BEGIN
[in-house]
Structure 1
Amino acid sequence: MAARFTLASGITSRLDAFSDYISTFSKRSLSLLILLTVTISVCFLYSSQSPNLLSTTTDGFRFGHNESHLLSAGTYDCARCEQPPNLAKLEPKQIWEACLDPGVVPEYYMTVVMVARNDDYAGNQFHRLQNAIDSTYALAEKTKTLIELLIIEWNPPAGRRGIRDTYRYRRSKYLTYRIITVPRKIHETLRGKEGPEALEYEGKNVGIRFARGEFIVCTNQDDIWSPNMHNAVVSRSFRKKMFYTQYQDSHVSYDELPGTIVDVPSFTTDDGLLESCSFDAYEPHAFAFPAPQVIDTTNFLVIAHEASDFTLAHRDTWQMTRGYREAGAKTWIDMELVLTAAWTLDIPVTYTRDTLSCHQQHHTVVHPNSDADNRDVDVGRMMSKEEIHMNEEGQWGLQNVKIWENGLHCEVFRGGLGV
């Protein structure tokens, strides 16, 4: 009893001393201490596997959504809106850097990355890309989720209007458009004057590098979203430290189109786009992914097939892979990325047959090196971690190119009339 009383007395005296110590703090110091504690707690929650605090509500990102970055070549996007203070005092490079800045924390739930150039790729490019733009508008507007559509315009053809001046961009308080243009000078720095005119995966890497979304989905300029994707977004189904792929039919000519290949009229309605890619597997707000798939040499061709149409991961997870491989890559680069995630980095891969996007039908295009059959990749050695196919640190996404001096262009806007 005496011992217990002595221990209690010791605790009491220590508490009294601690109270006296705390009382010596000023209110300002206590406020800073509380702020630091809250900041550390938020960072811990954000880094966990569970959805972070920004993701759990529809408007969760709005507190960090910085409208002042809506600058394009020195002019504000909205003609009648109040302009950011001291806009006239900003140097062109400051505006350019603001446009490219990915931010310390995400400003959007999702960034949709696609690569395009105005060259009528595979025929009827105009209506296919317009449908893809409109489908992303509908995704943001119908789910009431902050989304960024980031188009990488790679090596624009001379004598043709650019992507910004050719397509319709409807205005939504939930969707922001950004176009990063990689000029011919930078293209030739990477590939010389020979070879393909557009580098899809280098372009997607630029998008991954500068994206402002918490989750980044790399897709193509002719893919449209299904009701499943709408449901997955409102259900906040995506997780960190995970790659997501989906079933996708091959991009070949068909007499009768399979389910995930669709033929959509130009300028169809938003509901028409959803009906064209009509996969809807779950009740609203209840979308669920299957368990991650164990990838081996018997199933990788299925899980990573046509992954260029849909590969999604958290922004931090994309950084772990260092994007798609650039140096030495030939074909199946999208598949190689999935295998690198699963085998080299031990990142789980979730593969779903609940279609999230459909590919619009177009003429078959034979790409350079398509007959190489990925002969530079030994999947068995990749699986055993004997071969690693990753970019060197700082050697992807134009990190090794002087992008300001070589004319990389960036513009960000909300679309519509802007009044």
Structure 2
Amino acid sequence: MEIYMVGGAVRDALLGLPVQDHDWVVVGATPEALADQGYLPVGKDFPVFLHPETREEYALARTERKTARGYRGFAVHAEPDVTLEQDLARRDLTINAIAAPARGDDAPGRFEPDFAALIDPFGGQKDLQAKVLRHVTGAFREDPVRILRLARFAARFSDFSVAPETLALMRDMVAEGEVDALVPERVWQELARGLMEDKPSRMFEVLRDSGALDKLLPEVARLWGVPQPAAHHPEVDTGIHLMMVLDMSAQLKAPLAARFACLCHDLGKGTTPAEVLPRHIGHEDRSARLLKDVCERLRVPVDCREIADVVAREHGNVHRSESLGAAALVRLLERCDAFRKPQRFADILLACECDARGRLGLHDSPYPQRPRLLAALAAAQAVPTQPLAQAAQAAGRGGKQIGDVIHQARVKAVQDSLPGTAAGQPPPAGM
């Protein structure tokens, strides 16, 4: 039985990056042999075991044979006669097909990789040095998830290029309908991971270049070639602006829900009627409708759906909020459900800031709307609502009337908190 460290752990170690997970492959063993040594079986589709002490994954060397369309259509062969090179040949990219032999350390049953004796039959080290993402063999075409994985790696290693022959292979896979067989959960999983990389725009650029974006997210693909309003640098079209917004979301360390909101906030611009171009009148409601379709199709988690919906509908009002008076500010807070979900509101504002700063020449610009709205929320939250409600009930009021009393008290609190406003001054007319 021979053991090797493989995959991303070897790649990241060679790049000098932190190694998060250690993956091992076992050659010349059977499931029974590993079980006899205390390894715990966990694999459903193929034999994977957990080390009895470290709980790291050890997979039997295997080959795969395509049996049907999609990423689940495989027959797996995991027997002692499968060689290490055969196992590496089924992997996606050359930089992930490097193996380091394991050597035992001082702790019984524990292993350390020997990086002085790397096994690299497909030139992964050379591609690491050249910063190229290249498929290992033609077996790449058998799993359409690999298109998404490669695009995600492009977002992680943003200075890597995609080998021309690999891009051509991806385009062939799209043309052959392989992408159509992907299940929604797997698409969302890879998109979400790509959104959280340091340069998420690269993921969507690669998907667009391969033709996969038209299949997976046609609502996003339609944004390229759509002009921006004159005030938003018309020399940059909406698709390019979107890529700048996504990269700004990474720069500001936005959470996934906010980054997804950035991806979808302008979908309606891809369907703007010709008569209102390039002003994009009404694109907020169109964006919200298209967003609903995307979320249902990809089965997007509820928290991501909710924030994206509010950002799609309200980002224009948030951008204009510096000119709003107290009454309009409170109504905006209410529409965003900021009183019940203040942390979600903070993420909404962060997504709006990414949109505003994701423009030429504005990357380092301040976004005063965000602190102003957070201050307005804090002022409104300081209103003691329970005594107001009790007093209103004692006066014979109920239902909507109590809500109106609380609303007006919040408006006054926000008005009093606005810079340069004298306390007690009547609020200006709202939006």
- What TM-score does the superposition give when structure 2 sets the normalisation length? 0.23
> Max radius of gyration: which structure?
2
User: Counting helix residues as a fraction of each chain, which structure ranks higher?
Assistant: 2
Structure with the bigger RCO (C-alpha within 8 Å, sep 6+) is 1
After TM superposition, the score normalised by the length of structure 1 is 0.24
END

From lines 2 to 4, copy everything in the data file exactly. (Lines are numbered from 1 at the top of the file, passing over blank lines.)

Structure 1
Amino acid sequence: MAARFTLASGITSRLDAFSDYISTFSKRSLSLLILLTVTISVCFLYSSQSPNLLSTTTDGFRFGHNESHLLSAGTYDCARCEQPPNLAKLEPKQIWEACLDPGVVPEYYMTVVMVARNDDYAGNQFHRLQNAIDSTYALAEKTKTLIELLIIEWNPPAGRRGIRDTYRYRRSKYLTYRIITVPRKIHETLRGKEGPEALEYEGKNVGIRFARGEFIVCTNQDDIWSPNMHNAVVSRSFRKKMFYTQYQDSHVSYDELPGTIVDVPSFTTDDGLLESCSFDAYEPHAFAFPAPQVIDTTNFLVIAHEASDFTLAHRDTWQMTRGYREAGAKTWIDMELVLTAAWTLDIPVTYTRDTLSCHQQHHTVVHPNSDADNRDVDVGRMMSKEEIHMNEEGQWGLQNVKIWENGLHCEVFRGGLGV
């Protein structure tokens, strides 16, 4: 009893001393201490596997959504809106850097990355890309989720209007458009004057590098979203430290189109786009992914097939892979990325047959090196971690190119009339 009383007395005296110590703090110091504690707690929650605090509500990102970055070549996007203070005092490079800045924390739930150039790729490019733009508008507007559509315009053809001046961009308080243009000078720095005119995966890497979304989905300029994707977004189904792929039919000519290949009229309605890619597997707000798939040499061709149409991961997870491989890559680069995630980095891969996007039908295009059959990749050695196919640190996404001096262009806007 005496011992217990002595221990209690010791605790009491220590508490009294601690109270006296705390009382010596000023209110300002206590406020800073509380702020630091809250900041550390938020960072811990954000880094966990569970959805972070920004993701759990529809408007969760709005507190960090910085409208002042809506600058394009020195002019504000909205003609009648109040302009950011001291806009006239900003140097062109400051505006350019603001446009490219990915931010310390995400400003959007999702960034949709696609690569395009105005060259009528595979025929009827105009209506296919317009449908893809409109489908992303509908995704943001119908789910009431902050989304960024980031188009990488790679090596624009001379004598043709650019992507910004050719397509319709409807205005939504939930969707922001950004176009990063990689000029011919930078293209030739990477590939010389020979070879393909557009580098899809280098372009997607630029998008991954500068994206402002918490989750980044790399897709193509002719893919449209299904009701499943709408449901997955409102259900906040995506997780960190995970790659997501989906079933996708091959991009070949068909007499009768399979389910995930669709033929959509130009300028169809938003509901028409959803009906064209009509996969809807779950009740609203209840979308669920299957368990991650164990990838081996018997199933990788299925899980990573046509992954260029849909590969999604958290922004931090994309950084772990260092994007798609650039140096030495030939074909199946999208598949190689999935295998690198699963085998080299031990990142789980979730593969779903609940279609999230459909590919619009177009003429078959034979790409350079398509007959190489990925002969530079030994999947068995990749699986055993004997071969690693990753970019060197700082050697992807134009990190090794002087992008300001070589004319990389960036513009960000909300679309519509802007009044």